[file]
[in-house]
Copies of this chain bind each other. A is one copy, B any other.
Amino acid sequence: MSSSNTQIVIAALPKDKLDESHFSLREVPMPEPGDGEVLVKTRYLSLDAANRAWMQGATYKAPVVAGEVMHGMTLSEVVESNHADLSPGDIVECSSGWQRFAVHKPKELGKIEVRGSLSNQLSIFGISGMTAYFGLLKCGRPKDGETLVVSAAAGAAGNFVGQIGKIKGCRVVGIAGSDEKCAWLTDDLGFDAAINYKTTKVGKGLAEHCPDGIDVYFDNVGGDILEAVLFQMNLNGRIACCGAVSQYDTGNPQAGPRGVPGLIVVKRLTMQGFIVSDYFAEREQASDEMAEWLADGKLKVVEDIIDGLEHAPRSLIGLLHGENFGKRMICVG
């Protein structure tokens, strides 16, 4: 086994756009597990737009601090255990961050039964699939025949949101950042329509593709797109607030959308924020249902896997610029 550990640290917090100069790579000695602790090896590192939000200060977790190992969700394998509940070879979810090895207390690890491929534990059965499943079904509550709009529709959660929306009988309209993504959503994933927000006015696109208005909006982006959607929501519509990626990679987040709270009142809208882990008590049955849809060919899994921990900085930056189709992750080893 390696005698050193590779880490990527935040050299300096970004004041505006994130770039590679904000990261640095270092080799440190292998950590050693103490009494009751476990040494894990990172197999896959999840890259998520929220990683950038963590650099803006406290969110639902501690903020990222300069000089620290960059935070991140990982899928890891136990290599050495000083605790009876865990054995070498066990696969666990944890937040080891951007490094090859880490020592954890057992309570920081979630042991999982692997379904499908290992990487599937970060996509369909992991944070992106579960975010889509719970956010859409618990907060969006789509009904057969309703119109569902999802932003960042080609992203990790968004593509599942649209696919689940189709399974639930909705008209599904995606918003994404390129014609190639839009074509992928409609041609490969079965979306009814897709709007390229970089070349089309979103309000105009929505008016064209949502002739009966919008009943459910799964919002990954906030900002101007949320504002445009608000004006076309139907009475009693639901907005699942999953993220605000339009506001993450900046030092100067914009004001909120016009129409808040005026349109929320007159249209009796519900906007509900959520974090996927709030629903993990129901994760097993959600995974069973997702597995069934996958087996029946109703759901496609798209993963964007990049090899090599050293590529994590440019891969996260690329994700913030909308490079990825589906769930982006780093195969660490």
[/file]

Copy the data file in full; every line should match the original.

[in-house]
Copies of this chain bind each other. A is one copy, B any other.
Amino acid sequence: MSSSNTQIVIAALPKDKLDESHFSLREVPMPEPGDGEVLVKTRYLSLDAANRAWMQGATYKAPVVAGEVMHGMTLSEVVESNHADLSPGDIVECSSGWQRFAVHKPKELGKIEVRGSLSNQLSIFGISGMTAYFGLLKCGRPKDGETLVVSAAAGAAGNFVGQIGKIKGCRVVGIAGSDEKCAWLTDDLGFDAAINYKTTKVGKGLAEHCPDGIDVYFDNVGGDILEAVLFQMNLNGRIACCGAVSQYDTGNPQAGPRGVPGLIVVKRLTMQGFIVSDYFAEREQASDEMAEWLADGKLKVVEDIIDGLEHAPRSLIGLLHGENFGKRMICVG
């Protein structure tokens, strides 16, 4: 086994756009597990737009601090255990961050039964699939025949949101950042329509593709797109607030959308924020249902896997610029 550990640290917090100069790579000695602790090896590192939000200060977790190992969700394998509940070879979810090895207390690890491929534990059965499943079904509550709009529709959660929306009988309209993504959503994933927000006015696109208005909006982006959607929501519509990626990679987040709270009142809208882990008590049955849809060919899994921990900085930056189709992750080893 390696005698050193590779880490990527935040050299300096970004004041505006994130770039590679904000990261640095270092080799440190292998950590050693103490009494009751476990040494894990990172197999896959999840890259998520929220990683950038963590650099803006406290969110639902501690903020990222300069000089620290960059935070991140990982899928890891136990290599050495000083605790009876865990054995070498066990696969666990944890937040080891951007490094090859880490020592954890057992309570920081979630042991999982692997379904499908290992990487599937970060996509369909992991944070992106579960975010889509719970956010859409618990907060969006789509009904057969309703119109569902999802932003960042080609992203990790968004593509599942649209696919689940189709399974639930909705008209599904995606918003994404390129014609190639839009074509992928409609041609490969079965979306009814897709709007390229970089070349089309979103309000105009929505008016064209949502002739009966919008009943459910799964919002990954906030900002101007949320504002445009608000004006076309139907009475009693639901907005699942999953993220605000339009506001993450900046030092100067914009004001909120016009129409808040005026349109929320007159249209009796519900906007509900959520974090996927709030629903993990129901994760097993959600995974069973997702597995069934996958087996029946109703759901496609798209993963964007990049090899090599050293590529994590440019891969996260690329994700913030909308490079990825589906769930982006780093195969660490």